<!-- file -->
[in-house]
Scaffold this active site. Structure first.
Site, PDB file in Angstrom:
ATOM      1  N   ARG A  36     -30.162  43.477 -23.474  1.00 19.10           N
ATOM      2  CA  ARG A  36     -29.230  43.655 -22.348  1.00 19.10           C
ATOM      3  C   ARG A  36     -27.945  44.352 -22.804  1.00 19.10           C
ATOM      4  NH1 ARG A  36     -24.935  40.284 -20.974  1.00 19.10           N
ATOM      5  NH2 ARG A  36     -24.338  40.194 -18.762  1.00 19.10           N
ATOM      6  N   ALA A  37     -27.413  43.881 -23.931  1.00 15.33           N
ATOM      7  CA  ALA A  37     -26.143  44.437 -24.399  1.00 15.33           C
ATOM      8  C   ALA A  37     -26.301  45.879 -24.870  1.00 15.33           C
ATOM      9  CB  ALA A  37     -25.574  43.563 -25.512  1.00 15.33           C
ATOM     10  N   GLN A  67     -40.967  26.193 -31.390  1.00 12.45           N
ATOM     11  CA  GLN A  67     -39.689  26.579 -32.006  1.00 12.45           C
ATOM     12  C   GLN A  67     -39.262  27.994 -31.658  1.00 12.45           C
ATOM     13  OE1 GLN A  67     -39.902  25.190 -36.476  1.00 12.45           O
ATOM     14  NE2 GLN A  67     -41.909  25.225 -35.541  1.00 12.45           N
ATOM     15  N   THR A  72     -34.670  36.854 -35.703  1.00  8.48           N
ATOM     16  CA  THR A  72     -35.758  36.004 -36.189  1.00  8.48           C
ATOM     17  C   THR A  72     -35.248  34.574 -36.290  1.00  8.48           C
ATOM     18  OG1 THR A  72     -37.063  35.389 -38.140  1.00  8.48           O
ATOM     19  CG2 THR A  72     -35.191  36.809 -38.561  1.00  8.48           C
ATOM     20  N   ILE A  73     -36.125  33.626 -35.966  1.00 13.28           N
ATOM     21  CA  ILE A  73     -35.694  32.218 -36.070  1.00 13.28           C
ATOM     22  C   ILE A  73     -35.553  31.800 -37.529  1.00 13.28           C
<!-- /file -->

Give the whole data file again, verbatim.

[in-house]
Scaffold this active site. Structure first.
Site, PDB file in Angstrom:
ATOM      1  N   ARG A  36     -30.162  43.477 -23.474  1.00 19.10           N
ATOM      2  CA  ARG A  36     -29.230  43.655 -22.348  1.00 19.10           C
ATOM      3  C   ARG A  36     -27.945  44.352 -22.804  1.00 19.10           C
ATOM      4  NH1 ARG A  36     -24.935  40.284 -20.974  1.00 19.10           N
ATOM      5  NH2 ARG A  36     -24.338  40.194 -18.762  1.00 19.10           N
ATOM      6  N   ALA A  37     -27.413  43.881 -23.931  1.00 15.33           N
ATOM      7  CA  ALA A  37     -26.143  44.437 -24.399  1.00 15.33           C
ATOM      8  C   ALA A  37     -26.301  45.879 -24.870  1.00 15.33           C
ATOM      9  CB  ALA A  37     -25.574  43.563 -25.512  1.00 15.33           C
ATOM     10  N   GLN A  67     -40.967  26.193 -31.390  1.00 12.45           N
ATOM     11  CA  GLN A  67     -39.689  26.579 -32.006  1.00 12.45           C
ATOM     12  C   GLN A  67     -39.262  27.994 -31.658  1.00 12.45           C
ATOM     13  OE1 GLN A  67     -39.902  25.190 -36.476  1.00 12.45           O
ATOM     14  NE2 GLN A  67     -41.909  25.225 -35.541  1.00 12.45           N
ATOM     15  N   THR A  72     -34.670  36.854 -35.703  1.00  8.48           N
ATOM     16  CA  THR A  72     -35.758  36.004 -36.189  1.00  8.48           C
ATOM     17  C   THR A  72     -35.248  34.574 -36.290  1.00  8.48           C
ATOM     18  OG1 THR A  72     -37.063  35.389 -38.140  1.00  8.48           O
ATOM     19  CG2 THR A  72     -35.191  36.809 -38.561  1.00  8.48           C
ATOM     20  N   ILE A  73     -36.125  33.626 -35.966  1.00 13.28           N
ATOM     21  CA  ILE A  73     -35.694  32.218 -36.070  1.00 13.28           C
ATOM     22  C   ILE A  73     -35.553  31.800 -37.529  1.00 13.28           C